You’ve made the decision to adopt your next pet, and you’ve located a nearby shelter. Now what?
You’ll need to choose a companion for up to the next 15 to twenty years from up to several hundred pets, all vying for the chance to come home with you. If the shelter you’ve chosen is of the busy, open admission variety, you’ll also be likely to end up making this choice while surrounded by dozens of other chattering families hoping to adopt, and in an environment where it’s difficult to evaluate an animal’s true personality due to stress and noise.
So, what’s a family to do, faced with making a lifetime committment to a new pet in this situation? One way to maximize the chance of bringing home just the right fit is to find a friendly shelter employee and ask a few questions about each pet on your “short list” of potential new family members.
1. Was he ever in a foster home?
If you’re wondering whether or not that Beagle will chew the sofa, or the tabby cat will use her litterbox, who better to ask than someone who kept that animal in their home with their own family temporarily? Young, special-needs, or senior pets are more likely to spend time in foster care before going up for open adoption at a shelter, but it can’t hurt to ask about any pet that you like. Some shelters let volunteers take a favorite adoptable pet home for just a night or three, to get more information on its personality and give it the chance to enjoy a respite from shelter stress.
2. Has a behavior specialist evaluated her?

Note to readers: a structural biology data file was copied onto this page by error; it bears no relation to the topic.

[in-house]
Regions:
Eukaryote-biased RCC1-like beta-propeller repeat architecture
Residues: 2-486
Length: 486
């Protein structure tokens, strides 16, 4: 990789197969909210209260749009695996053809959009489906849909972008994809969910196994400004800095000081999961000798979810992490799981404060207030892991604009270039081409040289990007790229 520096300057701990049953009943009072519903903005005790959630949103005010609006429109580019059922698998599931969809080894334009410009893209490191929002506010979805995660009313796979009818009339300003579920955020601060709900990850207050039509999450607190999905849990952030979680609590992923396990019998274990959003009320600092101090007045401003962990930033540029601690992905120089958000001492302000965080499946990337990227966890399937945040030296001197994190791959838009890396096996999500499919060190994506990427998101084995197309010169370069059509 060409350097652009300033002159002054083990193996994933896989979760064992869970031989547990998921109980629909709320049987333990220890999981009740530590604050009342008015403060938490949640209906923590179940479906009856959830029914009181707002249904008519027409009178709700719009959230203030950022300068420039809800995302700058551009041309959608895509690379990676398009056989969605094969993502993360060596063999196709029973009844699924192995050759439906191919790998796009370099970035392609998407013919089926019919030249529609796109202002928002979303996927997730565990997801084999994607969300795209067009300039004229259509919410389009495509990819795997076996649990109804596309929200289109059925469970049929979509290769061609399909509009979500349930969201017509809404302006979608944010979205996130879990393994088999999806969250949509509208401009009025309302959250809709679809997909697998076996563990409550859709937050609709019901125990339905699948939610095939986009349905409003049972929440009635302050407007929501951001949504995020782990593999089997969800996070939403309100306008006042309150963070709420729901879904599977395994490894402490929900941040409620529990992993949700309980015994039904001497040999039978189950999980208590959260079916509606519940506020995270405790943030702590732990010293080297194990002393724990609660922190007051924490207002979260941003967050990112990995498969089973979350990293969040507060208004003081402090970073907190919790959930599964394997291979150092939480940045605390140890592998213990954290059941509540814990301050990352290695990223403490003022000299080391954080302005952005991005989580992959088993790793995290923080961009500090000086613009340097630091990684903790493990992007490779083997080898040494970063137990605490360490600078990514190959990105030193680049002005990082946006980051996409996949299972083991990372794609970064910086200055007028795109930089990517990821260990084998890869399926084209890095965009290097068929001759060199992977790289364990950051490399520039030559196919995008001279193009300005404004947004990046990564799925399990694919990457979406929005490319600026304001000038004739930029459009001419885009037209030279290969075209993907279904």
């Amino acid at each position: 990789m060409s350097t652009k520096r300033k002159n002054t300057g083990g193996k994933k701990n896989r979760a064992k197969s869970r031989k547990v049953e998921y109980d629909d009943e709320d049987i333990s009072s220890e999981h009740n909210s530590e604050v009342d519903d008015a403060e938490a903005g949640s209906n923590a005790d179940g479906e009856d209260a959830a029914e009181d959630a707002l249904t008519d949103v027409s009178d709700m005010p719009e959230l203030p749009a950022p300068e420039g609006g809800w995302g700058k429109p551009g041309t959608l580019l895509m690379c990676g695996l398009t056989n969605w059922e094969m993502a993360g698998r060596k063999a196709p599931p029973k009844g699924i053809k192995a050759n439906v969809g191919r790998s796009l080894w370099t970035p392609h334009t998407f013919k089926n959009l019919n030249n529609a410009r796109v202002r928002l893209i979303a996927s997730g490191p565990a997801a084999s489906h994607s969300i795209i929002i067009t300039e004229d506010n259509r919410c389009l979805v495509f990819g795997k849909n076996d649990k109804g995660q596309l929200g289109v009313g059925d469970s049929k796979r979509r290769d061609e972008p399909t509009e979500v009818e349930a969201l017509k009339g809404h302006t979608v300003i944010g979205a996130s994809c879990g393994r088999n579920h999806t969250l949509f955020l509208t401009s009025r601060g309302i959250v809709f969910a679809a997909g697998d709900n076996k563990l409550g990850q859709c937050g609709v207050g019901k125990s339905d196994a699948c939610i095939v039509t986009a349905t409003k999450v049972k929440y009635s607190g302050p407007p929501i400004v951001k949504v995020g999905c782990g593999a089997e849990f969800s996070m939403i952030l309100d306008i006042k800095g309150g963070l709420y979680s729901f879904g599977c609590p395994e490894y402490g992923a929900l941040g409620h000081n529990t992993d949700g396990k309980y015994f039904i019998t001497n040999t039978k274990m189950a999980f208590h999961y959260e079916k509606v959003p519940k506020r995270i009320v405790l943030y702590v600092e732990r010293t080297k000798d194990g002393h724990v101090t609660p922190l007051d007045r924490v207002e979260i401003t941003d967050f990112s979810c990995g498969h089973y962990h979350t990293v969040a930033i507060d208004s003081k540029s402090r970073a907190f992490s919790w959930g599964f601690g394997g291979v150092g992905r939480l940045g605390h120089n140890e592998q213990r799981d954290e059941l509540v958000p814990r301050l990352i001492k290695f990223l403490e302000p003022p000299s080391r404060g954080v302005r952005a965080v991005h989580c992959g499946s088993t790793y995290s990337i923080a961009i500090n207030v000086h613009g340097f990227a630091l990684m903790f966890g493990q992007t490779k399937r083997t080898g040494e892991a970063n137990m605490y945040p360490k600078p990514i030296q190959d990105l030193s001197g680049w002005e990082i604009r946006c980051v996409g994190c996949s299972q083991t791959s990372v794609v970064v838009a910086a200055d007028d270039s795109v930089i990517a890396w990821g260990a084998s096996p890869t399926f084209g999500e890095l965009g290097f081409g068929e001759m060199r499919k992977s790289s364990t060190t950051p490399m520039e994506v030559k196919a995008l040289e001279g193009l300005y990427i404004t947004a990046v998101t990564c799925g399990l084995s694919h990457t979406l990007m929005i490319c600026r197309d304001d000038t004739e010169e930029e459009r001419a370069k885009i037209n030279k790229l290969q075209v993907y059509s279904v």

Many shelters, particularly large ones which see a high volume of neglect and abuse cases, employ a behavior specialist or two. These professionals are trained to perform a battery of temperament tests that will, to a degree, determine the type of home for which each pet is best suited. Temperament testing is not infallible and is affected by shelter stress, but can generally identify major issues like aggression, resource guarding, fear-biting, or noise-sensitivity before the animal leaves the shelter.
3. Has he been exposed to other animals or to children in the shelter?
Some shelters cat-test, dog-test, and even child-test adoptable pets in order to determine whether or not they are suitable for homes with other animals and with children. However, other shelters consider this kind of testing unsafe for the pets and volunteers, and will leave the determination of a pet’s safety with others up to the adopter.
4. Has she been health-checked by a veterinarian?
Some shelters have a veterinarian perform an intake evaluation on every new arrival. Others leave this job to vet techs or to volunteers without formal veterinary training. Some shelters also provide adopters with a certificate to see a veterinarian for a free wellness check after adopting. If the pet you’re considering has had a checkup from a veterinarian, ask to see the medical report. It is unlikely that a shelter would intentionally fail to disclose a medical problem, but shelter workers can be overwhelmed and forget details like, “The vet said she suspects this dog has hookworms.”
5. Is a volunteer who has walked or socialized with him available in person or by phone?
Most shelters have a volunteer base consisting of dedicated volunteers who give their time regularly, as well as a revolving door of volunteers who spend only a visit or two with the pets. The frequent volunteers often bond with particular pets waiting for adoption. If you can identify and contact a volunteer who spent extra time with the pet you’re considering adding to the family, you can glean valuable information that will help facilitate a smooth adoption process. Does he pull on the leash? Is she most playful in the mornings? A picky eater? A volunteer might know all of these answers and more.